W. E. B. Du Bois Biography, Life, Interesting Facts
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W. E. B. Du Bois breathed his last on 27th August 1963. Though he went to the land of no return; he is still recalled as a one of a kind sociologist, civil rights activist, author, Pan-Africanist among others. He first rose to fame as the leading foreman of Niagara Movement which was regarded as one of the leading African-American radicals of the 20th-century.Not to mention he co-founded the National Association for the Advancement of Colored People (NAACP).He was the first black American to receive a doctorate. Before fame, Bois worked as a teacher at Wilberforce University in Ohio where he started to learn about sociology. Read further to understand more about his early and later achievements.
Childhood And Early Life
On February 23, 1868, William Edward Burghardt Du Bois was first seen in the world in Great Britain. His father was called Alfred while his mother was known as Silvina Du Bois. Bois came from a mixed family where he often called himself “mullato.” At two years of age, his father left his young family where Silvina went to live with his parents.
At his tender age, W. E. B. Du Bois joined a local school where he excelled tremendously. He was then taken to Fisk University in 1885 where he completed with bachelor’s degree. It was there that he came to note that several countries practiced racism. For a year Bois joined Harvard College where he earned his second bachelor’s degree in history. It was in 1895 that he was appointed as the First African to hold a Ph.D. At Harvard University. In 1896 Bois dissertation called The Suppression of the African Slaves was approved.
After receiving his Ph. D W. E. B. Du Bois went to work as a teacher at Wilberforce University in Ohio. It was there that he befriended Alexander Crummell. After a short pause, he teamed up with Pennsylvania where he acted as the assistant in sociology.
In 1897 W. E. B. Du Bois was appointed as the professor of economics and history where he worked at the Atlanta University in Georgia. Before he moved out to his position, Bois managed to publish his first theses called The Philadelphia Negro in 1899.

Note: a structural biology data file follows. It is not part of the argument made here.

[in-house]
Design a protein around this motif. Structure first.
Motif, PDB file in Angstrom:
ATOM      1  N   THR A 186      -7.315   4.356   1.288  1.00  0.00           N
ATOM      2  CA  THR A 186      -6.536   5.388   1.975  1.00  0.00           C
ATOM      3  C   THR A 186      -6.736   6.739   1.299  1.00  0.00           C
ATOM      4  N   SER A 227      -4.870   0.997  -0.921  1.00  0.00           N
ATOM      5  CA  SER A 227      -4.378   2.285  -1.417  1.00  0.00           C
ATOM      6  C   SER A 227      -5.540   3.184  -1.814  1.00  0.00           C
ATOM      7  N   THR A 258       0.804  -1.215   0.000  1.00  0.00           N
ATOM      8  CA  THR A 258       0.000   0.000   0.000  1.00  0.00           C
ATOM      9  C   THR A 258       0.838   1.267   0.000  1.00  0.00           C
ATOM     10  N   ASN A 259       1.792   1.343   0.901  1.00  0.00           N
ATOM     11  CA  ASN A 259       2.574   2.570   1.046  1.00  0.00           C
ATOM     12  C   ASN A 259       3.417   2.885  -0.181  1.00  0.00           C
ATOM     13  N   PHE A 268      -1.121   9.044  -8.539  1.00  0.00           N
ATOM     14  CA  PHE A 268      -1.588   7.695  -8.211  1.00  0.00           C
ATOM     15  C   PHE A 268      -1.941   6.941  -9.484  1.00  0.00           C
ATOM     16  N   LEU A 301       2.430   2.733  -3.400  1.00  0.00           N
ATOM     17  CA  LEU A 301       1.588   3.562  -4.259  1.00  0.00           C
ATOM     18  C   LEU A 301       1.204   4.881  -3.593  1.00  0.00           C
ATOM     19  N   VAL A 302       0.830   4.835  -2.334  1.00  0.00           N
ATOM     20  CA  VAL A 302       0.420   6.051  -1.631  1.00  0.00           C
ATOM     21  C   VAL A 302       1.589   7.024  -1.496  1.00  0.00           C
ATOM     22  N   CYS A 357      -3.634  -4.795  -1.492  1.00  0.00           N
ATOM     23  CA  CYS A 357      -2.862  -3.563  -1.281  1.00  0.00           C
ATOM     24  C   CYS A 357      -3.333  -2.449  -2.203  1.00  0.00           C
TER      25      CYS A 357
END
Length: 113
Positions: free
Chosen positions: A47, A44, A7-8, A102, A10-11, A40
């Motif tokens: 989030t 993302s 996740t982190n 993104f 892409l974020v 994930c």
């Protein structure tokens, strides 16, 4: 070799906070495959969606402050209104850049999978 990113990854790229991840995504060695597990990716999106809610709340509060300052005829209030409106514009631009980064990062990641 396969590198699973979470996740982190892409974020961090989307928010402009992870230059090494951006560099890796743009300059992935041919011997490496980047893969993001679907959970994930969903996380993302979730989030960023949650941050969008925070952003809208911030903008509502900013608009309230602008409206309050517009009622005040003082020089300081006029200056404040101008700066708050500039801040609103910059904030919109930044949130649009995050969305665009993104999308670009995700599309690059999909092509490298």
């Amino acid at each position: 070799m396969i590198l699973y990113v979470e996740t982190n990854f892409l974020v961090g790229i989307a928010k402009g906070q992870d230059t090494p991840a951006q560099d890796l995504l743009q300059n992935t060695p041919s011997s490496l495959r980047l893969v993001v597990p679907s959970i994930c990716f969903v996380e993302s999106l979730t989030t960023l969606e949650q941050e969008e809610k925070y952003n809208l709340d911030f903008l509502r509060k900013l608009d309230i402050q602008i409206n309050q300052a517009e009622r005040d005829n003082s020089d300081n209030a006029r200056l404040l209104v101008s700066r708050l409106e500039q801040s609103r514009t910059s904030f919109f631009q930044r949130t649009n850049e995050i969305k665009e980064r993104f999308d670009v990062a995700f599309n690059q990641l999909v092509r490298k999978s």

In the course of his career, W. E. B. Du Bois turned into an indelible writer where he managed to release several publications. It was in 1903 that he released a book called The Soul of the Black Folk which in turn was considered as one of his major work in sociology. It was the only book that had illustrated several essays in regards to racism.
Before the end of his career, Bois teamed up with different African-American civil rights including Max Barber as well as William Monroe Trotter. In 1909 he led the National Negro Conference in New York as well as National Negro Committee.In 1909 he co-founded the NAACP Association.
Afterward, W. E. B. Du Bois was appointed as the director and researcher in NAACP after his resignation from the Atlanta University. It was during his rule that he managed to edit monthly magazines called The Crisis till the end of 1920.While acting as the editor, Bois managed to write surefire topics that explained the importance of practicing equal rights. He also encouraged the blacks to practice a group economy hence eliminating poverty. It was in 1934 that Bois resigned from the position.
Subsequently, he went to Atlanta University where he spent countable of years as a teacher. Before his retirement, he published countable of books and articles till the end of 1944 where he joined the NAACP as a researcher.
Personal Life And Achievements
In 1920 and 1959 W. E. B. Du Bois was recognized with Spingarn Award as well as Lenin Peace Prize. When it comes to his personal life W. E. B. Du Bois tied a nuptial knot with Nina Gomer on 12thn, May 1896. The couple had two children. Sad to say, Nina passed in 1950 was W. E. B. Du Bois married Shirley Graham, activity in 1951. Bois opted to adopt Shirley’s son called David. After a short pause, Bois went to stay in Ghana where he breathed his last on 27th, August 1963, at 95 years of age.
Ishwar Chandra Vidyasagar
H. E. Bates
Henry Wadsworth Longfellow